White House proposes 'accelerated' skilled nursing facility payment cuts

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White House proposes 'accelerated' skilled nursing facility payment cuts
White House proposes 'accelerated' skilled nursing facility payment cuts

The White House's proposed 2015 budget includes sharp cuts to skilled nursing facility reimbursements, which has drawn strong criticism from the nation's largest long-term care provider group.

To cut federal spending on healthcare by $402 billion over the next 10 years, the White House seeks to “encourage efficient post-acute care by adjusting payment updates for certain post-acute providers,” according to the budget document released Tuesday. Those adjustments would include an “accelerated schedule” for reducing skilled nursing facility Medicare market basket updates. This would start with a 2.5% reduction in 2015, then taper to a less severe 0.97% update by 2022.

Overall, post-acute payments adjustments would equal about $98 billion in savings through 2024, the Office of Management and Budget estimates.

In addition to those general payment adjustments, the spending plan calls for equalizing payments to skilled nursing facilities and inpatient rehabilitation facilities for certain services, and adjusting SNF payments to reduce hospital readmissions.

Last year's White House budget included similar proposals, but this year's SNF market basket proposals are “much more aggressive,” Avalere Health vice president Ellen Lukens and manager Sarah Snyder told McKnight's. Another new provision is a call for SNFs to undertake value-based purchasing, they noted. This would be budget-neutral, meaning it would not have any effect on the federal deficit, according to the calculations in the budget.

The American Health Care Association/National Center for Assisted Living — the nation's largest provider group — slammed the proposed Medicare reductions, noting that the sector has “endured billions in cuts” in recent years. However, the association supports proposals that could achieve savings without slashing reimbursements, such as penalizing SNFs that have high hospital readmissions rates.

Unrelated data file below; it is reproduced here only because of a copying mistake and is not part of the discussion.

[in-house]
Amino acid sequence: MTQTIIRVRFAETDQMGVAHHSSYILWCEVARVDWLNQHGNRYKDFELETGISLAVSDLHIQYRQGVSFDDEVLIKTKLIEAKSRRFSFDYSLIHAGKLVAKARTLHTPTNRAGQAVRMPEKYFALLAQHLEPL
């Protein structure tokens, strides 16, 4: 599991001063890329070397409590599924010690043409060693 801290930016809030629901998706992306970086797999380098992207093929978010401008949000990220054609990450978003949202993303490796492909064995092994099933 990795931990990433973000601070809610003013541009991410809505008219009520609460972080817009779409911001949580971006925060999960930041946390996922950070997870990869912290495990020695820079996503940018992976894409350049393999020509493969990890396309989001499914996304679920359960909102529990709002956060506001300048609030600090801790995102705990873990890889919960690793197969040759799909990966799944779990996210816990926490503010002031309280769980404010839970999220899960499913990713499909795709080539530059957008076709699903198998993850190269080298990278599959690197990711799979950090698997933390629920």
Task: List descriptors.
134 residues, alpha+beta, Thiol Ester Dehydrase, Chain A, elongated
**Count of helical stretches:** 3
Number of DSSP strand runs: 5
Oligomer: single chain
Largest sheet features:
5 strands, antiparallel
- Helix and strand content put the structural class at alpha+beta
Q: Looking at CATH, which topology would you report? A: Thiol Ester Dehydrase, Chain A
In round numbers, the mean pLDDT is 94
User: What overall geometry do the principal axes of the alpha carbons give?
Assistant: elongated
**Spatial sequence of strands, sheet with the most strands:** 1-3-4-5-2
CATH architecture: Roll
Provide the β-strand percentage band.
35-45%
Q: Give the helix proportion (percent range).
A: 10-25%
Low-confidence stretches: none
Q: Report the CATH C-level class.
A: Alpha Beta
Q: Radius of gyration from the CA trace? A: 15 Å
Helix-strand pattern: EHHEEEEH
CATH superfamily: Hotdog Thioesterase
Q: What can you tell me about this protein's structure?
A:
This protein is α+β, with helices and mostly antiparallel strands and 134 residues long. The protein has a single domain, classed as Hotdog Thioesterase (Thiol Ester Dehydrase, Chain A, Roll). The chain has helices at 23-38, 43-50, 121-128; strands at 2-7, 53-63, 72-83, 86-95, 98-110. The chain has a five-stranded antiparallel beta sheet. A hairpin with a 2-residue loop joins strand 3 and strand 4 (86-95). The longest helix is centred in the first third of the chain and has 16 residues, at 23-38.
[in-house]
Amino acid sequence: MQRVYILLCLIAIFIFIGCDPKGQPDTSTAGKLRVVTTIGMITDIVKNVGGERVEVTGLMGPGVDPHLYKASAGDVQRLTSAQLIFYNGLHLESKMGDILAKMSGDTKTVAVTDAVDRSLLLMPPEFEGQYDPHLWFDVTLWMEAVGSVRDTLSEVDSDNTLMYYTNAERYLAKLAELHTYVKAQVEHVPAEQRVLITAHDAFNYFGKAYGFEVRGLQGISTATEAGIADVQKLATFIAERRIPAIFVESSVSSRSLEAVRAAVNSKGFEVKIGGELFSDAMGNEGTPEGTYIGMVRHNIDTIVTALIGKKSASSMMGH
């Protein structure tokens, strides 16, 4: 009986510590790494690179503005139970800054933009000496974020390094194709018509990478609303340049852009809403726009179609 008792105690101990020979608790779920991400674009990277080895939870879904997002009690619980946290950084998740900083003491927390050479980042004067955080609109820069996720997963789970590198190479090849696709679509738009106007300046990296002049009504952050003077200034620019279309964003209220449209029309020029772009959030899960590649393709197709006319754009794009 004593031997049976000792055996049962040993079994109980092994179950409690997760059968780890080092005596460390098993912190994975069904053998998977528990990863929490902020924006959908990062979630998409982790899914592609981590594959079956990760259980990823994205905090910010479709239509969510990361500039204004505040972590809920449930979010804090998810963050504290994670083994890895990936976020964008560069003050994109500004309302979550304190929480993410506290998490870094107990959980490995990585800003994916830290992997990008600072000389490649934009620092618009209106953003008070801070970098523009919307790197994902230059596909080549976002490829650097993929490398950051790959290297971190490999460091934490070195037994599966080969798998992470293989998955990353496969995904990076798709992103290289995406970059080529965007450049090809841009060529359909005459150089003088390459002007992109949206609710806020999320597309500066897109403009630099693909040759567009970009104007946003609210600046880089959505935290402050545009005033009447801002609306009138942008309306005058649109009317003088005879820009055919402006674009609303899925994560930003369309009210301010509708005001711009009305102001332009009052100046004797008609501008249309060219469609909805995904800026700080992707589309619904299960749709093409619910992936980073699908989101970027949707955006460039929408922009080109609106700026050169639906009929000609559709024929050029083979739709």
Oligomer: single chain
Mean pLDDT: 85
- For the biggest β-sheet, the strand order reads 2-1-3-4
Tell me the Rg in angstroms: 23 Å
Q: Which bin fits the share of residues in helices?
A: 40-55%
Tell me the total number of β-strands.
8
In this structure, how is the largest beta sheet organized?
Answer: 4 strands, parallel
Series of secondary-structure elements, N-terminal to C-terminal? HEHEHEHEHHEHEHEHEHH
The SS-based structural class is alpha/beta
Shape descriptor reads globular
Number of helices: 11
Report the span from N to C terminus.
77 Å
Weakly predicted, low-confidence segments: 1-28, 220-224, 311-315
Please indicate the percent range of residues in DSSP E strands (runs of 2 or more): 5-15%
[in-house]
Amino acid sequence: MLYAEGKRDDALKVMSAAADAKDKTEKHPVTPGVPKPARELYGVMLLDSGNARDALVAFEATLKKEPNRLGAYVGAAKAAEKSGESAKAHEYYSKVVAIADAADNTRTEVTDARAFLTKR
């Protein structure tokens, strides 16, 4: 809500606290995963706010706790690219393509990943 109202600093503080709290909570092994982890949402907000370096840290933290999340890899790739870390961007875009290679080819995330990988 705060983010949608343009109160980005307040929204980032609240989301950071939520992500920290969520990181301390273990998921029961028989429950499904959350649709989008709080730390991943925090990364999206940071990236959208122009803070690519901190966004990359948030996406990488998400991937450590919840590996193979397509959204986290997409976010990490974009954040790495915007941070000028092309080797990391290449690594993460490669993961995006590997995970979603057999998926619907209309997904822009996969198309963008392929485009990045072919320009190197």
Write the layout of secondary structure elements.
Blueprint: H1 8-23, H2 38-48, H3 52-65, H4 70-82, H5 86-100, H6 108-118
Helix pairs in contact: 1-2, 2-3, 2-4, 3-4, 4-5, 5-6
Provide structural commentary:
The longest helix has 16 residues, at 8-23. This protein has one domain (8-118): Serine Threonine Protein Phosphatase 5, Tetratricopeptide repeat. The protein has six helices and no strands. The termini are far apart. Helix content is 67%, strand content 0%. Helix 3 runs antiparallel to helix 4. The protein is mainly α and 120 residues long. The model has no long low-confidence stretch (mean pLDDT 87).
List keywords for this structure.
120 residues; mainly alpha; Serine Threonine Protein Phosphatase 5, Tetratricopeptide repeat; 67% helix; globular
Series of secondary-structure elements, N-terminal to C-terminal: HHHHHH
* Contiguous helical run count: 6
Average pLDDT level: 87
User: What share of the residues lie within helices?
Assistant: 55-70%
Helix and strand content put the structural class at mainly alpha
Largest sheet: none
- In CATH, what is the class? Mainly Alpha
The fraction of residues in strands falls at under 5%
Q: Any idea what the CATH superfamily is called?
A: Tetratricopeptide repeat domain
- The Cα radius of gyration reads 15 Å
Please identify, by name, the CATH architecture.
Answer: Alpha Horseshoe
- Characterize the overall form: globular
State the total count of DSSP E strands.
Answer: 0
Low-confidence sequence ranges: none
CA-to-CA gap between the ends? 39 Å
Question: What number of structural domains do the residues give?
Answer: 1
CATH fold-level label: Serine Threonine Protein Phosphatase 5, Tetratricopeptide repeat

“We have a proposal on Capitol Hill that would do just that, saving Medicare nearly $2 billion while improving health outcomes,” noted AHCA/NCAL President and CEO Mark Parkinson.  

LeadingAge, the association representing not-for-profit providers, also stated that cuts are not the answer.

“We will work with the White House, Congress and other policymakers on common-sense reforms that should be pursued instead of further across-the-board cuts in Medicare reimbursement,” said Cheryl Phillips, M.D., LeadingAge senior vice president of public policy and advocacy.

The president's version of a 2015 budget includes $3.9 trillion in spending. This is well above the roughly $1 trillion cap agreed to in a hard-won bipartisan budget agreement in December, which set spending levels through 2015. The existence of that deal, coupled with ongoing partisan gridlock, means the president's budget almost certainly is symbolic, according to many pundits and administration critics.

Rep. Paul Ryan (R-WI) said the budget is a “campaign brochure” that panders to Obama's Democratic base. For example, the White House dropped the cuts to Social Security offered in last year's budget, which were favored by some Republicans, and included tax provisions that would hit millionaires' pocketbooks.

Ryan, chairman of the House Budget Committee, has said he will release a 2015 budget next month.

The Senate Democrats will not release a budget proposal separate from the plan already in place, according to Sen. Patty Murray (D-WA), chairwoman of the budget committee in that chamber. However, she expressed support for the priorities laid out by the White House.

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